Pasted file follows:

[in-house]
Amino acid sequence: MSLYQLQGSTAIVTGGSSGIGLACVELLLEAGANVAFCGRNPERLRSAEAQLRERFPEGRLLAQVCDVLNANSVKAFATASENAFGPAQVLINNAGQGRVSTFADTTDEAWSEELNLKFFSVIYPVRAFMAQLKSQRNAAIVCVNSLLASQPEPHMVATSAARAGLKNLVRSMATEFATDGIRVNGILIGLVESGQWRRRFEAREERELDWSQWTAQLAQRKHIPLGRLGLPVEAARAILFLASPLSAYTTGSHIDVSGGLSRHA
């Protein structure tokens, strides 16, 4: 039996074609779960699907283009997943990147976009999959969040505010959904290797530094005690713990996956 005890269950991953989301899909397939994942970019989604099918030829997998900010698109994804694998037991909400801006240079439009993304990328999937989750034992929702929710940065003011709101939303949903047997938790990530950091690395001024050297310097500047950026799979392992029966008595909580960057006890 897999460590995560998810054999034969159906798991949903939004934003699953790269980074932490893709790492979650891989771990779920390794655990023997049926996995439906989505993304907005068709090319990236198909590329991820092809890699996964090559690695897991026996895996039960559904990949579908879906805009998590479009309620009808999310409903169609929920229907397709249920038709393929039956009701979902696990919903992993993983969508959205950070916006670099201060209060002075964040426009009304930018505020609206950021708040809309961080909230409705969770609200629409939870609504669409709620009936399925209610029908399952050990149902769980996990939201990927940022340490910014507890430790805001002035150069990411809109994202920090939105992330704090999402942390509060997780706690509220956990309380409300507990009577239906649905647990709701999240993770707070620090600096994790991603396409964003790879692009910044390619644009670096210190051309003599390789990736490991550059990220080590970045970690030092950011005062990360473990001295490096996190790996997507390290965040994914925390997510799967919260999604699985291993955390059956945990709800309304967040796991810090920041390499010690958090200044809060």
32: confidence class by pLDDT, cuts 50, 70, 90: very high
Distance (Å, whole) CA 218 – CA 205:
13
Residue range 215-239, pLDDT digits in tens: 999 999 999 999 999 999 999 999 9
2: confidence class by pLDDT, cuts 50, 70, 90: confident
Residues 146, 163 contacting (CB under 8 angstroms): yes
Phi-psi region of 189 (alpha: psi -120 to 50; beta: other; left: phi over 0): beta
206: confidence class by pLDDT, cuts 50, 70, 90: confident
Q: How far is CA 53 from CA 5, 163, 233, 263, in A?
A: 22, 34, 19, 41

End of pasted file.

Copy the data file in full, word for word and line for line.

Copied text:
[in-house]
Amino acid sequence: MSLYQLQGSTAIVTGGSSGIGLACVELLLEAGANVAFCGRNPERLRSAEAQLRERFPEGRLLAQVCDVLNANSVKAFATASENAFGPAQVLINNAGQGRVSTFADTTDEAWSEELNLKFFSVIYPVRAFMAQLKSQRNAAIVCVNSLLASQPEPHMVATSAARAGLKNLVRSMATEFATDGIRVNGILIGLVESGQWRRRFEAREERELDWSQWTAQLAQRKHIPLGRLGLPVEAARAILFLASPLSAYTTGSHIDVSGGLSRHA
């Protein structure tokens, strides 16, 4: 039996074609779960699907283009997943990147976009999959969040505010959904290797530094005690713990996956 005890269950991953989301899909397939994942970019989604099918030829997998900010698109994804694998037991909400801006240079439009993304990328999937989750034992929702929710940065003011709101939303949903047997938790990530950091690395001024050297310097500047950026799979392992029966008595909580960057006890 897999460590995560998810054999034969159906798991949903939004934003699953790269980074932490893709790492979650891989771990779920390794655990023997049926996995439906989505993304907005068709090319990236198909590329991820092809890699996964090559690695897991026996895996039960559904990949579908879906805009998590479009309620009808999310409903169609929920229907397709249920038709393929039956009701979902696990919903992993993983969508959205950070916006670099201060209060002075964040426009009304930018505020609206950021708040809309961080909230409705969770609200629409939870609504669409709620009936399925209610029908399952050990149902769980996990939201990927940022340490910014507890430790805001002035150069990411809109994202920090939105992330704090999402942390509060997780706690509220956990309380409300507990009577239906649905647990709701999240993770707070620090600096994790991603396409964003790879692009910044390619644009670096210190051309003599390789990736490991550059990220080590970045970690030092950011005062990360473990001295490096996190790996997507390290965040994914925390997510799967919260999604699985291993955390059956945990709800309304967040796991810090920041390499010690958090200044809060």
32: confidence class by pLDDT, cuts 50, 70, 90: very high
Distance (Å, whole) CA 218 – CA 205:
13
Residue range 215-239, pLDDT digits in tens: 999 999 999 999 999 999 999 999 9
2: confidence class by pLDDT, cuts 50, 70, 90: confident
Residues 146, 163 contacting (CB under 8 angstroms): yes
Phi-psi region of 189 (alpha: psi -120 to 50; beta: other; left: phi over 0): beta
206: confidence class by pLDDT, cuts 50, 70, 90: confident
Q: How far is CA 53 from CA 5, 163, 233, 263, in A?
A: 22, 34, 19, 41